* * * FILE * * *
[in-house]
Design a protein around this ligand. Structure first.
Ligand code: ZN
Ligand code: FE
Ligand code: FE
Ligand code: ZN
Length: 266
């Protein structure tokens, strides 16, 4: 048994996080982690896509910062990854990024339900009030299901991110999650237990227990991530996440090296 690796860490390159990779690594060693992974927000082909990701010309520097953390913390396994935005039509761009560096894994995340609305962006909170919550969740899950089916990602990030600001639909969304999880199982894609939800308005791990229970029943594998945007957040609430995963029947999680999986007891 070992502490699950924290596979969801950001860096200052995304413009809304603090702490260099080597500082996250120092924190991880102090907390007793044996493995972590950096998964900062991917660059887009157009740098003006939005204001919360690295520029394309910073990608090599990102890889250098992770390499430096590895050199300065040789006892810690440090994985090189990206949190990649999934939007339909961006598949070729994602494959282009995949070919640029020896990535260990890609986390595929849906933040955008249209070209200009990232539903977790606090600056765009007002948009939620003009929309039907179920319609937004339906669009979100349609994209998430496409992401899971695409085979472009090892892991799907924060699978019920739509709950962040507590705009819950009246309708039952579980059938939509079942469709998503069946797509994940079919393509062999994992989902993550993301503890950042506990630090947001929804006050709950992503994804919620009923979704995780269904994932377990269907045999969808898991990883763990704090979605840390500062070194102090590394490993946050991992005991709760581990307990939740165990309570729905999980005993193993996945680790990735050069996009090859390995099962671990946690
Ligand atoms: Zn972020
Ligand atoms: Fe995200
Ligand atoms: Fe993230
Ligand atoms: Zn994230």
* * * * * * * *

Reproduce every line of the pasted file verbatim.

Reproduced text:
[in-house]
Design a protein around this ligand. Structure first.
Ligand code: ZN
Ligand code: FE
Ligand code: FE
Ligand code: ZN
Length: 266
């Protein structure tokens, strides 16, 4: 048994996080982690896509910062990854990024339900009030299901991110999650237990227990991530996440090296 690796860490390159990779690594060693992974927000082909990701010309520097953390913390396994935005039509761009560096894994995340609305962006909170919550969740899950089916990602990030600001639909969304999880199982894609939800308005791990229970029943594998945007957040609430995963029947999680999986007891 070992502490699950924290596979969801950001860096200052995304413009809304603090702490260099080597500082996250120092924190991880102090907390007793044996493995972590950096998964900062991917660059887009157009740098003006939005204001919360690295520029394309910073990608090599990102890889250098992770390499430096590895050199300065040789006892810690440090994985090189990206949190990649999934939007339909961006598949070729994602494959282009995949070919640029020896990535260990890609986390595929849906933040955008249209070209200009990232539903977790606090600056765009007002948009939620003009929309039907179920319609937004339906669009979100349609994209998430496409992401899971695409085979472009090892892991799907924060699978019920739509709950962040507590705009819950009246309708039952579980059938939509079942469709998503069946797509994940079919393509062999994992989902993550993301503890950042506990630090947001929804006050709950992503994804919620009923979704995780269904994932377990269907045999969808898991990883763990704090979605840390500062070194102090590394490993946050991992005991709760581990307990939740165990309570729905999980005993193993996945680790990735050069996009090859390995099962671990946690
Ligand atoms: Zn972020
Ligand atoms: Fe995200
Ligand atoms: Fe993230
Ligand atoms: Zn994230």